The use of continuous glucose monitoring (CGM) among people with insulin-dependent diabetes has gained wider acceptance, as it has shown benefit in controlling glucose even among those receiving only basal insulin. However, CGM use among non-insulin dependent diabetics, and especially among those with prediabetes or even healthy adults, is not well-established.
In the Sugar Challenge Study, a recent observational study with 665 participants, the use of CGM combined with a mobile app (Sugar AI) providing feedback was evaluated over a 10-day period. A broad range of participants was enrolled, ranging from non-insulin diabetics to normoglycemic individuals over a broad demographic. The primary outcome was the time in range (TIR), defined as a blood glucose of 54-140 mg/dL (54-180 mg/dL for diabetics).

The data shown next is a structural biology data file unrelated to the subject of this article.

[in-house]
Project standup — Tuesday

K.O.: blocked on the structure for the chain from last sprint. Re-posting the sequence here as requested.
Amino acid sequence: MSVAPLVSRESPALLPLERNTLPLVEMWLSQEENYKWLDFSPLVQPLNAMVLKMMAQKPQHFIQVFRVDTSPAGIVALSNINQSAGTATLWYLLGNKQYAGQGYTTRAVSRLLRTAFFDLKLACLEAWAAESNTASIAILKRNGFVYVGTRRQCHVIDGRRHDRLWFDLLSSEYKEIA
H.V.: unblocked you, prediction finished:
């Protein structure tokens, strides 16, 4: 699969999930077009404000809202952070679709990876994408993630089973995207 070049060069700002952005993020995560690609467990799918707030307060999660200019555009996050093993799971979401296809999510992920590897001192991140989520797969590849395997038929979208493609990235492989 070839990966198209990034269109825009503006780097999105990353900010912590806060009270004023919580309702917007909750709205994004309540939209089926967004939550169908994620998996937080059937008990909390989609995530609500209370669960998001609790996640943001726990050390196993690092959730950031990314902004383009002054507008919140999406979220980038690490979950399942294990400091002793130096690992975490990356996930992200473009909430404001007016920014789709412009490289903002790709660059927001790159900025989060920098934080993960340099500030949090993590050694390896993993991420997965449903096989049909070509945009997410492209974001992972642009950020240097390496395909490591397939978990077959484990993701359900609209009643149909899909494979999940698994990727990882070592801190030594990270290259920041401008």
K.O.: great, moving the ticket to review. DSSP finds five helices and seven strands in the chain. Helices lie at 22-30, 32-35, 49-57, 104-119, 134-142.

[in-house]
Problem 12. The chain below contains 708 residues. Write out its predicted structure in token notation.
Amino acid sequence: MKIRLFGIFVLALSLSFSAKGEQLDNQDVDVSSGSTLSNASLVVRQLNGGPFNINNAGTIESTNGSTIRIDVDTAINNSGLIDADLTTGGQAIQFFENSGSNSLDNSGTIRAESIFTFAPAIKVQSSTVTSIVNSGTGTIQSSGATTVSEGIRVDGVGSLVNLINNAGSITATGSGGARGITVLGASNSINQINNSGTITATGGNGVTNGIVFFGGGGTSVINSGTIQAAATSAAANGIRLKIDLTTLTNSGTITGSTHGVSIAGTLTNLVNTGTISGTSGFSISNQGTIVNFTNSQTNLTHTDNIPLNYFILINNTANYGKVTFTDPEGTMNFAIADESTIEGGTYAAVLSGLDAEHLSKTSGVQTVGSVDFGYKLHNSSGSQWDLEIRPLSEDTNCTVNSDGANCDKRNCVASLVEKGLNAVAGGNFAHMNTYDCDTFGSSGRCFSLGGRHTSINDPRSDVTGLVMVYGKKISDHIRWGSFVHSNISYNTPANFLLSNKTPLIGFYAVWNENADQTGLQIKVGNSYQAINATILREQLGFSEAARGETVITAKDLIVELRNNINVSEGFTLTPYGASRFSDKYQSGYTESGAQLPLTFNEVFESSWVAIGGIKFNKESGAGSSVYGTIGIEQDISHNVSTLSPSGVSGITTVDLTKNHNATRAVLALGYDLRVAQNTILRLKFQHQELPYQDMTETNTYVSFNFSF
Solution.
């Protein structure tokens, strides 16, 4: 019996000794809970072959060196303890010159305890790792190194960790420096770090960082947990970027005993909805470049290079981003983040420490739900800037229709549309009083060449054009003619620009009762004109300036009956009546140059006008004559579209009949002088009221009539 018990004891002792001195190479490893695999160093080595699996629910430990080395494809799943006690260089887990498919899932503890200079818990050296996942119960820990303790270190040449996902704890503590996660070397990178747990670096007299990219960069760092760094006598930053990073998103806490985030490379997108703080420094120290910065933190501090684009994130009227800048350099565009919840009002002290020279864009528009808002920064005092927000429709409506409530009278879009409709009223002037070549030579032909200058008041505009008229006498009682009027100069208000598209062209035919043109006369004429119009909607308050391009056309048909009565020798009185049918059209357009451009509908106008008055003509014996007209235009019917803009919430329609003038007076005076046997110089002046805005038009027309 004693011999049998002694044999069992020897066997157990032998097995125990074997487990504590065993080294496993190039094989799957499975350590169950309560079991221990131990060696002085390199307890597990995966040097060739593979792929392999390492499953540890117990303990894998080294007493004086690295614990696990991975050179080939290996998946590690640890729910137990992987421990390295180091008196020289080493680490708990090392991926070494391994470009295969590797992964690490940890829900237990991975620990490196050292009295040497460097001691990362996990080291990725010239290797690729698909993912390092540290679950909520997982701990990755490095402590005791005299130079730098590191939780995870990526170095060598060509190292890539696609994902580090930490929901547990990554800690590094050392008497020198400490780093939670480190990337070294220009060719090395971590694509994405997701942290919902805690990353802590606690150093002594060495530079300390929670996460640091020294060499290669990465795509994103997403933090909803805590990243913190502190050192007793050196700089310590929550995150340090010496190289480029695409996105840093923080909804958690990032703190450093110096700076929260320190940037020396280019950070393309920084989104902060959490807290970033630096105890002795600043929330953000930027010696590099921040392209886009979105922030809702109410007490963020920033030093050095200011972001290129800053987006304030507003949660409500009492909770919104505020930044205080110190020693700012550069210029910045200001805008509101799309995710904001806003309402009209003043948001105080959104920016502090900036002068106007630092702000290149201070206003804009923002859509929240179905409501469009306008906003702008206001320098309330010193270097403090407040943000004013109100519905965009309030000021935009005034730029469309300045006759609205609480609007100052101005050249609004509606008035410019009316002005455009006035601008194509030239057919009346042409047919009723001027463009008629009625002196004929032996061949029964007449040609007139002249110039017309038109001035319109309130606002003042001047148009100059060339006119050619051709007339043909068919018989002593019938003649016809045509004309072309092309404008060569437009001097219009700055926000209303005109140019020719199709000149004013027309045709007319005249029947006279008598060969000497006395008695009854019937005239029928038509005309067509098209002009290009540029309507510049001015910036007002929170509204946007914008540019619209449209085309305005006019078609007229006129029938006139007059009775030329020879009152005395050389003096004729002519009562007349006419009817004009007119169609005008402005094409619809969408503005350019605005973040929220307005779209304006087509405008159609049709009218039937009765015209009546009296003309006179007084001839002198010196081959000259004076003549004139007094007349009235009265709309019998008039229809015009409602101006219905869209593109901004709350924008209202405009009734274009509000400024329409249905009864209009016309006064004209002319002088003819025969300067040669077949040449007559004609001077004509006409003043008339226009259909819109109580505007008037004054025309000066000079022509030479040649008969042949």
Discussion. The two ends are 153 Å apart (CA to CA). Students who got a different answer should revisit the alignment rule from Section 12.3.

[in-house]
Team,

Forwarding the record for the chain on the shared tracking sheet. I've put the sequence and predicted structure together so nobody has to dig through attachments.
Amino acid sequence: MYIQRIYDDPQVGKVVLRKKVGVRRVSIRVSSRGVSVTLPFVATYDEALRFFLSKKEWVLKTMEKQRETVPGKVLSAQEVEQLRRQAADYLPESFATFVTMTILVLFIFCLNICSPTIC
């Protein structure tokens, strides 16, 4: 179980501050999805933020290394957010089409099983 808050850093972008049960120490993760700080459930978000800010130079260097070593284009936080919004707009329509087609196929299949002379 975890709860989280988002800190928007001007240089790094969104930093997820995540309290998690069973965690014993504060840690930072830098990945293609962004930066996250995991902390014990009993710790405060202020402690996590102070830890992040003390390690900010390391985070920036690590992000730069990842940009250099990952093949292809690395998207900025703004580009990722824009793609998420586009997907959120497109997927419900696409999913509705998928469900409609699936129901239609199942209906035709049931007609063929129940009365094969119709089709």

Significant improvement in TIR was found for the entire study population, with the greatest benefit among those with a suboptimal baseline TIR. Surprisingly, those without a previous diagnosis of diabetes had the greatest improvement.
This study, although very short term and without a control group, is an important one, highlighting both the potential benefit of providing immediate and personalized feedback for blood sugar control among both normoglycemic and diabetic individuals, but also the frequency at which glucose dysregulation occurs even among those without diabetes.